When John McCain laughed-off a reference to Hillary Clinton as "the bitch" during a debate last week, Andi Zeisler's phone started ringing off the hook. As co-founder and editorial director of Bitch: Feminist Response to Pop Culture, Zeisler's is the number to call when the b-word's use by some prominent figure manages to make a media splash. The question she is perennially asked - Is bitch still a bad word? Here is how Zeisler answers the question for the Washington Post:
...let's not be disingenuous. Is it a bad word? Of course it is. As a culture, we've done everything possible to make sure of that, starting with a constantly perpetuated mindset that deems powerful women to be scary, angry and, of course, unfeminine -- and sees uncompromising speech by women as anathema to a tidy, well-run world...
When these people call Clinton (or House Speaker Nancy Pelosi, or Sen. Dianne Feinstein or former vice presidential candidate Geraldine Ferraro) a bitch, or even the cutesier "rhymes-with-witch," it's an expression of pure sexism -- a hope that they can shut up not only one woman but every woman who dares to be assertive. Simply put: If you don't like Clinton's stance on, say, health care or Iraq, there are plenty of ways to say so without invoking her gender.
So, the word is bad because we make it so, because it is used to defame a female by implying that she is not sufficiently compliant. In order to "reclaim it for mouthy, smart women in much the way that "queer" had been repurposed by gay radicals," as Zeisler hopes to do, the word would have to be used to denote something positive as frequently as it is used with a malicious intent. And, considering how commonly the word bitch is used to defame and insult, it would take quite a group of dedicated advocates to give it a more positive spin.
Yet, with bitch, we are hoping to claim a word that has long been used in a derogatory manner; perhaps it would be easier to reclaim the more recently degraded f- and l-words: feminism and liberal. I am always disappointed when I see women reaping the advantages of feminism try to distance themselves from the f-word; or when I see open-minded, socially conscious citizens shy away from the l-word. When Sarah Michelle Gellar said she hates the word feminism, for example, she could not have had the Merriam-Webster definition in mind:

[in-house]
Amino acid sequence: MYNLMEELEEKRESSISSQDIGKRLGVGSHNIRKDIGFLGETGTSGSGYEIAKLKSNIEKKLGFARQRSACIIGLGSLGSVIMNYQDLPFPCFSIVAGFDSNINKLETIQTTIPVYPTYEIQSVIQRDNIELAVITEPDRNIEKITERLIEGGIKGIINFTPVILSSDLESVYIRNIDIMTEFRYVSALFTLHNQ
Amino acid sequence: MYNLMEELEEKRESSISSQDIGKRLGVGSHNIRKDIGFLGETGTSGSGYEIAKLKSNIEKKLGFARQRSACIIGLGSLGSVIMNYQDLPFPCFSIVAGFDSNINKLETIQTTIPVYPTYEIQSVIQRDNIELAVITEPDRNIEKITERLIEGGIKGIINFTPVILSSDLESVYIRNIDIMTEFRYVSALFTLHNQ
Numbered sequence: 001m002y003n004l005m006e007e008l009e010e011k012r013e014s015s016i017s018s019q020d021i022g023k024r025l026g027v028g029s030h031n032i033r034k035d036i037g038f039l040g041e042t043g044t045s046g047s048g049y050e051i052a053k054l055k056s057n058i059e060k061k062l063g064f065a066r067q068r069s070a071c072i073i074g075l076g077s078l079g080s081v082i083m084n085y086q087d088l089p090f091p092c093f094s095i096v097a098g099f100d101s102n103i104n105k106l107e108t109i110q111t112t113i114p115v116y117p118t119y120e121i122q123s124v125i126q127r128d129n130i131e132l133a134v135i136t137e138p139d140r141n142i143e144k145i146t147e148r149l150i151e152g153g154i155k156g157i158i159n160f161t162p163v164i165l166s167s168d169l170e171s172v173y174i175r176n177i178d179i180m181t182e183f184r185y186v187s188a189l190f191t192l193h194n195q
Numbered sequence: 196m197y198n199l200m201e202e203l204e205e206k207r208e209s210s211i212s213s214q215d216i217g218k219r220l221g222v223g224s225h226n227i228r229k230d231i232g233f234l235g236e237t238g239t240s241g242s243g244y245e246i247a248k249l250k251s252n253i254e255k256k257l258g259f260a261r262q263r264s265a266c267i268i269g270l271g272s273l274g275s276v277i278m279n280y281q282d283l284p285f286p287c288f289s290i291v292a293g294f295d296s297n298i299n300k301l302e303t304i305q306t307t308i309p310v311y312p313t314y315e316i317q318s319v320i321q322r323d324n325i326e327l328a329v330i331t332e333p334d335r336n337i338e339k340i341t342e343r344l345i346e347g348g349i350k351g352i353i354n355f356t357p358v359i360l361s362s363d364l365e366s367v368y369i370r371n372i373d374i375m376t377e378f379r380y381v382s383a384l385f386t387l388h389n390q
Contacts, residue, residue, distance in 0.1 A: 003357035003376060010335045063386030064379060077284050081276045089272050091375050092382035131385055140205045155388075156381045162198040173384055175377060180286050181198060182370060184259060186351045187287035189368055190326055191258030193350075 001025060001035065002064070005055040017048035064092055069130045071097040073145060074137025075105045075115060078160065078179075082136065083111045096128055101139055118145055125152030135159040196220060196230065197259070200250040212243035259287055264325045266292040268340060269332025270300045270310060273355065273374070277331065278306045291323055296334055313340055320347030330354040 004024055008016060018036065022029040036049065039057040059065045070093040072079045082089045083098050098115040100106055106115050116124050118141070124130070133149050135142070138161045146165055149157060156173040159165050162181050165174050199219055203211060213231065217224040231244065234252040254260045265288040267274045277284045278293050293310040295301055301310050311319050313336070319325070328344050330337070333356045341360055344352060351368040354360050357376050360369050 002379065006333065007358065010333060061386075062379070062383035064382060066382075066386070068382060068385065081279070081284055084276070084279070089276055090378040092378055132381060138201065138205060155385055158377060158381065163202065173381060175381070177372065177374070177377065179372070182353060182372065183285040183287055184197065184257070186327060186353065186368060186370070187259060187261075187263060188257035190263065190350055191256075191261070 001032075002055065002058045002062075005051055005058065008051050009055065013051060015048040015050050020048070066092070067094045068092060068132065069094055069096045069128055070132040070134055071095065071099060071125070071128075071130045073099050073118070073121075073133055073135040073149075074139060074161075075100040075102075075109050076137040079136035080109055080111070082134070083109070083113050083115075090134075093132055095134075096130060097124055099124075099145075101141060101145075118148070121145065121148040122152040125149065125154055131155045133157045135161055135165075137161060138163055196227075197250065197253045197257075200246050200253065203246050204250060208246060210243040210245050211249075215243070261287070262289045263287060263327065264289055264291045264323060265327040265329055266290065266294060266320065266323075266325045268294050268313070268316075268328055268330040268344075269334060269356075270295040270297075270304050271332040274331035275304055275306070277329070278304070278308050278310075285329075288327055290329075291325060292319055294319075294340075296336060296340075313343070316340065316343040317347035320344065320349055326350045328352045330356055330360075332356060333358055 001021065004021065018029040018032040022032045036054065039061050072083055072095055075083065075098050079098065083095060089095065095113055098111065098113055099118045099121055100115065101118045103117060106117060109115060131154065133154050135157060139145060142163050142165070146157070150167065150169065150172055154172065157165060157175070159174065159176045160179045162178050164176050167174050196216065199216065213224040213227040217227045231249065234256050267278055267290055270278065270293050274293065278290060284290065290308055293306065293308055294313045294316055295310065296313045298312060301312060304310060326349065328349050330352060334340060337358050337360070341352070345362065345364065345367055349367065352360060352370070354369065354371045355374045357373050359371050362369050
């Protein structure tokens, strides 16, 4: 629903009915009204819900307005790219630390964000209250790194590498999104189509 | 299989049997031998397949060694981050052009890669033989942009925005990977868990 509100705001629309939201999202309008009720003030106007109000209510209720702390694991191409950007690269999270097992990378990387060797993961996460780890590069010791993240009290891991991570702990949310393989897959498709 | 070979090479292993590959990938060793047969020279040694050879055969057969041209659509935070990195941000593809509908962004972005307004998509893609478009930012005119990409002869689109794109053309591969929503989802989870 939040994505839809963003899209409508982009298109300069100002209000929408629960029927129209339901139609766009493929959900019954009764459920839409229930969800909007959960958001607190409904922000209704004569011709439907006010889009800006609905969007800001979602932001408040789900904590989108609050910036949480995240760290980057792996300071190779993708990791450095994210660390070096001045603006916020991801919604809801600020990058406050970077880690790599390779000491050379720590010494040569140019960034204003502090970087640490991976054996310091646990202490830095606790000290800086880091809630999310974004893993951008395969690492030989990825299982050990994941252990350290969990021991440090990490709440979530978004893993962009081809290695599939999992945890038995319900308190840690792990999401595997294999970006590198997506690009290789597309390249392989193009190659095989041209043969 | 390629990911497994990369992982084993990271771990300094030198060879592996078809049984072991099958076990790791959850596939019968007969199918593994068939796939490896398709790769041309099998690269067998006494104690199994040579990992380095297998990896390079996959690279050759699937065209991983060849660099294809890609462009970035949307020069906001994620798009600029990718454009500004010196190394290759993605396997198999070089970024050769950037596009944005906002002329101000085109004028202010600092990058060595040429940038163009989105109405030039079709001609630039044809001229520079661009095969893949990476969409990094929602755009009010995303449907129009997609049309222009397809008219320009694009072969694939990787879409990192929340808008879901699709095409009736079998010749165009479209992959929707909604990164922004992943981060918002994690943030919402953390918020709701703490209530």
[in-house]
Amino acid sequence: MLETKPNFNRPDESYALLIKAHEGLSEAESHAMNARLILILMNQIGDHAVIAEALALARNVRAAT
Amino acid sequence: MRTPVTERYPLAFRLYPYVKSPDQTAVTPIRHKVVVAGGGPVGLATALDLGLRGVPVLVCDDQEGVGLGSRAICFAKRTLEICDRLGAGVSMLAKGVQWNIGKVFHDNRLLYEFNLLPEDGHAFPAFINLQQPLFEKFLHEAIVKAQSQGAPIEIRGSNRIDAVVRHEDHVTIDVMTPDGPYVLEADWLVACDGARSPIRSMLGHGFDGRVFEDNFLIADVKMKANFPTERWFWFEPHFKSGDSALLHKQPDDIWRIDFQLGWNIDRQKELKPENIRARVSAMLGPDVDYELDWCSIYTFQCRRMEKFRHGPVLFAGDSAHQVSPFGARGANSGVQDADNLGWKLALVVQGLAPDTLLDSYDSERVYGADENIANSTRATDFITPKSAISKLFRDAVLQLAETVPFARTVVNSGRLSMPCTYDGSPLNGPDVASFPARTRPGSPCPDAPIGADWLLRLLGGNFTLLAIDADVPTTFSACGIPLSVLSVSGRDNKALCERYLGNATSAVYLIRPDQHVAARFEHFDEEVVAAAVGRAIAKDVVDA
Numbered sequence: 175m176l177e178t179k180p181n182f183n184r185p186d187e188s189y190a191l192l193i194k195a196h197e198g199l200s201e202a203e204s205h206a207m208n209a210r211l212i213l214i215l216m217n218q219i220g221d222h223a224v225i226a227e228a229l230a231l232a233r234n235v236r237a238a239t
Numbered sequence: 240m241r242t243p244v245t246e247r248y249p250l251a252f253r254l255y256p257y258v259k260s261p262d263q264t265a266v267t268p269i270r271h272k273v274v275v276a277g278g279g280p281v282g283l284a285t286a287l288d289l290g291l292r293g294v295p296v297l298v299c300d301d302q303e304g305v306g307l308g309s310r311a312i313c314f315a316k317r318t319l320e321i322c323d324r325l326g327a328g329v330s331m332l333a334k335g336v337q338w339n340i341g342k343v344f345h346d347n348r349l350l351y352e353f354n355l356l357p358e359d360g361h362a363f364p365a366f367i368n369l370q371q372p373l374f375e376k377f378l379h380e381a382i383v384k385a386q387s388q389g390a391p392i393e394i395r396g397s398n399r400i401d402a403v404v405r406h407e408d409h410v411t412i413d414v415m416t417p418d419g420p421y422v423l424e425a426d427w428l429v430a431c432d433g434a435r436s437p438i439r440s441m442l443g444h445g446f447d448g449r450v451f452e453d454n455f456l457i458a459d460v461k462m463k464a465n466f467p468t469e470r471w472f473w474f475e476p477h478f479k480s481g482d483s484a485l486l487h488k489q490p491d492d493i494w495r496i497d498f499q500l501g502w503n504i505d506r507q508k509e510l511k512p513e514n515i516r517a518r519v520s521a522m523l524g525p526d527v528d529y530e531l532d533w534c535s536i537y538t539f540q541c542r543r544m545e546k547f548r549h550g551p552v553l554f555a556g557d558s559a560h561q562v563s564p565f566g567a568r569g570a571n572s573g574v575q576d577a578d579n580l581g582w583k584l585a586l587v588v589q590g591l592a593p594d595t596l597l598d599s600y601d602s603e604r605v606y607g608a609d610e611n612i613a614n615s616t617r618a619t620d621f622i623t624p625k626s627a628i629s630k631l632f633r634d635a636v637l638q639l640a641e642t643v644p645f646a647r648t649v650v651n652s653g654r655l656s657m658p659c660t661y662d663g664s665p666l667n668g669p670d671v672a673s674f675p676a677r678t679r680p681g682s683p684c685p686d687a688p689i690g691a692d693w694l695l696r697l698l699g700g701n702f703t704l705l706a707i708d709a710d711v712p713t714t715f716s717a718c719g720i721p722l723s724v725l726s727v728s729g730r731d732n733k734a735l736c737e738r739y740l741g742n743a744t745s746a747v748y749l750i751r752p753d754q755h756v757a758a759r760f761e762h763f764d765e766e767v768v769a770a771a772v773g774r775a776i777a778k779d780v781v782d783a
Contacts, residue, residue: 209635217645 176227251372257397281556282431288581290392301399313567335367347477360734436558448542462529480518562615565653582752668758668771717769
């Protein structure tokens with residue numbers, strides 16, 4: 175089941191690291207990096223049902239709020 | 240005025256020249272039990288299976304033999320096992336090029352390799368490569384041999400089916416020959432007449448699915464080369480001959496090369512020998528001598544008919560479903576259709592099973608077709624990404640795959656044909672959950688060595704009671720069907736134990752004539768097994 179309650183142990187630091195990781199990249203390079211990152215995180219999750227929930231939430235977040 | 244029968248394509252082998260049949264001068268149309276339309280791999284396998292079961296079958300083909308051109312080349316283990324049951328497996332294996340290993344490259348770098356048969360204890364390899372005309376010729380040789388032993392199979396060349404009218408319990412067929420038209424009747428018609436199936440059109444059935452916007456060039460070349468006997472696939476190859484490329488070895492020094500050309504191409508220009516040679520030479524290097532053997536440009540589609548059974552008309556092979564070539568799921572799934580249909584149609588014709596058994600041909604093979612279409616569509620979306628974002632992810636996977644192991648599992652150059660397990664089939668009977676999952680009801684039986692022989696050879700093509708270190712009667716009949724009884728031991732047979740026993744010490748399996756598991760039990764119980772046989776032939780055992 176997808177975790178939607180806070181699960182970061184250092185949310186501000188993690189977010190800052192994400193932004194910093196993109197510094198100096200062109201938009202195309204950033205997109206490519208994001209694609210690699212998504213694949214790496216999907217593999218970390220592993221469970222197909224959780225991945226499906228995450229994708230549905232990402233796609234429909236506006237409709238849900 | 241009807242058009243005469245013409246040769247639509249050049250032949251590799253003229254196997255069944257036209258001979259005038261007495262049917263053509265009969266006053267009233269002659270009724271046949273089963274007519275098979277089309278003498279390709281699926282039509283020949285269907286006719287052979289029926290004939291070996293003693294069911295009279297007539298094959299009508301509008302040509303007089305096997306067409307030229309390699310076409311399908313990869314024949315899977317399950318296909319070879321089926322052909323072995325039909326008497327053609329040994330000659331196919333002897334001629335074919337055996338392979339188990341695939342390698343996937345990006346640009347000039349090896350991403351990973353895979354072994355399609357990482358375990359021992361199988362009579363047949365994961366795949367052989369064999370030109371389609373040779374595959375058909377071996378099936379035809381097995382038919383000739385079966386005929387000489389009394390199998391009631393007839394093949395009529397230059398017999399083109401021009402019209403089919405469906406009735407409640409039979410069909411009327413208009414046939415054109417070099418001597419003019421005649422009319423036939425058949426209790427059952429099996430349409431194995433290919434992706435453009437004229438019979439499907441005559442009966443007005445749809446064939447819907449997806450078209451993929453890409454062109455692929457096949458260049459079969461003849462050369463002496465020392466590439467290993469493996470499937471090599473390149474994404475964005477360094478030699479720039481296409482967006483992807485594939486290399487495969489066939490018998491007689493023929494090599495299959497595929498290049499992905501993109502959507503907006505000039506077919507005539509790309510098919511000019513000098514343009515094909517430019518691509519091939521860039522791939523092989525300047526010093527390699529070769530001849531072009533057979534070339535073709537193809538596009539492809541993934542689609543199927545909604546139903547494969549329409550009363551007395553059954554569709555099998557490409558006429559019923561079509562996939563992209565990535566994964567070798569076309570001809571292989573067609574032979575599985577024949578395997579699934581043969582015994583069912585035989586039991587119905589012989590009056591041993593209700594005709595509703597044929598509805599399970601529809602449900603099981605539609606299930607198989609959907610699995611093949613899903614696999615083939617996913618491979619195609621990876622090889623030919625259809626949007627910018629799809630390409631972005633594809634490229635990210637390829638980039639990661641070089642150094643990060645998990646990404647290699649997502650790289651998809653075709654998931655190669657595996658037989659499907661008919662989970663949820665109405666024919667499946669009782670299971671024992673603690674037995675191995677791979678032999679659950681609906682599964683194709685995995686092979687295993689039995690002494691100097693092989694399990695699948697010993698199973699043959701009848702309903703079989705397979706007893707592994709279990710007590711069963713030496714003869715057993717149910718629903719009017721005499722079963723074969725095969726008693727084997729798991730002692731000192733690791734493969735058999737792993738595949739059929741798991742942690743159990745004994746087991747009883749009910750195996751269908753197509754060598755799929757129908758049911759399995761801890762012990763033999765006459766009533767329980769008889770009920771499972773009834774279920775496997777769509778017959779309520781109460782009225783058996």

1 : the theory of the political, economic, and social equality of the sexesAnd when you consider that liberalism is defined as:
2 : organized activity on behalf of women's rights and interests.
... a political philosophy based on belief in progress, the essential goodness of the human race, and the autonomy of the individual and standing for the protection of political and civil liberties,it is hard to imagine how the word evil got to be such a common modifier of liberal. So why are so many of us so willing to relinquish these terms? To distance ourselves from the words liberalism and feminism is to loosen our grip on the freedoms to which they refer.
And that is why we have to keep writing the word feminism when we mean it, instead of finding some circumlocutory way of expressing feminist ideals without using their proper name. Likewise, while I have no problem with the word progressive, I am not ready to relinquish the word liberal. Using the terms properly seems to be an easy enough way to support the ideals they express. With the first definition of bitch being "the female of the dog or some other carnivorous mammals" and the second being "a lewd or immoral woman" though, it might take a bit longer to rescue the Big B.